Purpose: To retrospectively determine whether relative cerebral blood volume (CBV) measurements can be used to predict clinical outcome in patients with high-grade gliomas (HGGs) and low-grade gliomas (LGGs) and specifically whether patients who have gliomas with a high initial relative CBV have more rapid progression than those who have gliomas with a low relative CBV.
Materials and methods: Approval for this retrospective HIPAA-compliant study was obtained from the Institutional Board of Research Associates, with waiver of informed consent. One hundred eighty-nine patients (122 male and 67 female patients; median age, 43 years; range, 4-80 years) were examined with dynamic susceptibility-weighted contrast material-enhanced perfusion magnetic resonance (MR) imaging and were followed up clinically with MR imaging (median follow-up, 334 days). Log-rank tests were used to evaluate the association between relative CBV and time to progression by using Kaplan-Meier curves. Binary logistic regression was used to determine whether age, sex, and relative CBV were associated with an adverse event (progressive disease or death).
Results: Values for the mean relative CBV for patients according to each clinical response were as follows: 1.41 +/- 0.13 (standard deviation) for complete response (n = 4), 2.36 +/- 1.78 for stable disease (n = 41), 4.84 +/- 3.32 for progressive disease (n = 130), and 3.82 +/- 1.93 for death (n = 14). Kaplan-Meier estimates of median time to progression in days indicated that patients with a relative CBV of less than 1.75 had a median time to progression of 3585 days, whereas patients with a relative CBV of more than 1.75 had a time to progression of 265 days. Age and relative CBV were also independent predictors for clinical outcome.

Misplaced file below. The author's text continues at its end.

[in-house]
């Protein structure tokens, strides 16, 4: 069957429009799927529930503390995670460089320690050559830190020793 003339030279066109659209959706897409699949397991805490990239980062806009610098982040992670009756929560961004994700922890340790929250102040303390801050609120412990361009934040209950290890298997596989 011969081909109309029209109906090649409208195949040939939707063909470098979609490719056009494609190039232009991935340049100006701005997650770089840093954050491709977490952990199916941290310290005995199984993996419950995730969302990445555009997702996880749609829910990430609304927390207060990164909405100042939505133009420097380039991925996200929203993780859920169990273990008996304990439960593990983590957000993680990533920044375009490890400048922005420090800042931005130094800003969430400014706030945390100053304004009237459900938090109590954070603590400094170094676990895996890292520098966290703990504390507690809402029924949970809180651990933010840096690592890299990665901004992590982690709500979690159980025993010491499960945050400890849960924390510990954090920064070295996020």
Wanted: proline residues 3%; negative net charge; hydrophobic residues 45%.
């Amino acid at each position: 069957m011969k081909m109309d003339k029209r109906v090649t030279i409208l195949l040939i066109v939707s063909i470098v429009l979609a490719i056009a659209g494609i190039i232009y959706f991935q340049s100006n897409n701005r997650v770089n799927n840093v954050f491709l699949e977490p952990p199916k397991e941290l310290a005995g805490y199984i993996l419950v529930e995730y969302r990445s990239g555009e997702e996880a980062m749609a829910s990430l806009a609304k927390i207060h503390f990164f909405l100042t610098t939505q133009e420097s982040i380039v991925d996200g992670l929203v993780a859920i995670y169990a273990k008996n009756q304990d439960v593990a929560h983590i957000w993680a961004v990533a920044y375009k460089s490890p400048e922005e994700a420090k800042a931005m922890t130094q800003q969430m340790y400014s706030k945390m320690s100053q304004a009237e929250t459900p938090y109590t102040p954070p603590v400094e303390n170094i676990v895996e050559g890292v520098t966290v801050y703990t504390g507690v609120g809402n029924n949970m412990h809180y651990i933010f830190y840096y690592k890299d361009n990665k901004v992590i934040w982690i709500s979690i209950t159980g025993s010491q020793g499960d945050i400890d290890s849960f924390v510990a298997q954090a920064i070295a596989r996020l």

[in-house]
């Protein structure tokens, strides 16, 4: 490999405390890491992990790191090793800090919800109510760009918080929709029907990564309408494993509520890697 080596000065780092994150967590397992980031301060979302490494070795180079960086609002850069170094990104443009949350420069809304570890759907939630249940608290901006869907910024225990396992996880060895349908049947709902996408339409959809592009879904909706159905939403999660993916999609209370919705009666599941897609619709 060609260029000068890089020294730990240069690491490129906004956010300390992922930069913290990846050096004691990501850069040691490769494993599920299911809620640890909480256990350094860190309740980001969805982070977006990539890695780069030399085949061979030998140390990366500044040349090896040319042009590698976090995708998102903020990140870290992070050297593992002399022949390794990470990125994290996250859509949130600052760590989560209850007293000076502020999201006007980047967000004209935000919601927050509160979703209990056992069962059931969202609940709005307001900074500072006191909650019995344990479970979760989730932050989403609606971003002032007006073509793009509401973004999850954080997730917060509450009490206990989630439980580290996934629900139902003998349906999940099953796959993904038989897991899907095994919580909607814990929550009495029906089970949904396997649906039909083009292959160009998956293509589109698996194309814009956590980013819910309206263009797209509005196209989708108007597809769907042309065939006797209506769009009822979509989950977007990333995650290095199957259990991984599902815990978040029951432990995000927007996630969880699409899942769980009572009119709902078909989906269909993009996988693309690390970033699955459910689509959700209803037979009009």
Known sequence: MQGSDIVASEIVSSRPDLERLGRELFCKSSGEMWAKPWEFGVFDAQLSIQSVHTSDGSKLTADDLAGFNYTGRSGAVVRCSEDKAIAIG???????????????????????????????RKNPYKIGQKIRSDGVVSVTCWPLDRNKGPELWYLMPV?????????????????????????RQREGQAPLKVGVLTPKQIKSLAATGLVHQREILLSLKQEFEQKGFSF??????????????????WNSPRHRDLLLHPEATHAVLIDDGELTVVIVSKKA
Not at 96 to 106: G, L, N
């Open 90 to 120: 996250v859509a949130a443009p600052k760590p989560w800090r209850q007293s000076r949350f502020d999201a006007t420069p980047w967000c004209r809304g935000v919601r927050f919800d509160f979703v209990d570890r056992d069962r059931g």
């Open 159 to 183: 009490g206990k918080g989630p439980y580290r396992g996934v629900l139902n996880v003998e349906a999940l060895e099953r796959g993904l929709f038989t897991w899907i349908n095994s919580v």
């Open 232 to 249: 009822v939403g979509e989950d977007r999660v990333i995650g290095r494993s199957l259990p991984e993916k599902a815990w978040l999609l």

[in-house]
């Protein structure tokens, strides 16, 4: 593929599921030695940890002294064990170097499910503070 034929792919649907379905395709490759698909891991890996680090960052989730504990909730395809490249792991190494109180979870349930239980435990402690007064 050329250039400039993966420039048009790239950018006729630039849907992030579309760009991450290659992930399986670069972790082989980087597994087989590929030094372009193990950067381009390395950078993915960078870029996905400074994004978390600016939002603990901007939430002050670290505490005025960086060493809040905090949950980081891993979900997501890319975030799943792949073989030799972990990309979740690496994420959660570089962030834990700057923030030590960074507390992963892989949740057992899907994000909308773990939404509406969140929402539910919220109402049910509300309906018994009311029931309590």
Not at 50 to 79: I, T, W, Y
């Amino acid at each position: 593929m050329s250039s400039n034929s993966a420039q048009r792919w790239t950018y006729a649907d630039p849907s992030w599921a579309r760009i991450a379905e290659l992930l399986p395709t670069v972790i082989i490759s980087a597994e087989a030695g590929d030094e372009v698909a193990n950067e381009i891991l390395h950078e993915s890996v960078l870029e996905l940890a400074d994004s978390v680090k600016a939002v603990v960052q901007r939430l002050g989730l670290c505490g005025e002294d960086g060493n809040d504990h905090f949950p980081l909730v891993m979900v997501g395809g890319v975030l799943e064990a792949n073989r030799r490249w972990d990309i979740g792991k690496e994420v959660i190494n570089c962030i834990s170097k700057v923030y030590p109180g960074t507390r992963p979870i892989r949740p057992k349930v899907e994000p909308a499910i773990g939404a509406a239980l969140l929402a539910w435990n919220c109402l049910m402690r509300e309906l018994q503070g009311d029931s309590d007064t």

Conclusion: Dynamic susceptibility-weighted contrast-enhanced perfusion MR imaging can be used to predict median time to progression in patients with gliomas, independent of pathologic findings. Patients who have HGGs and LGGs with a high relative CBV (>1.75) have a significantly more rapid time to progression than do patients who have gliomas with a low relative CBV.
(c) RSNA, 2008.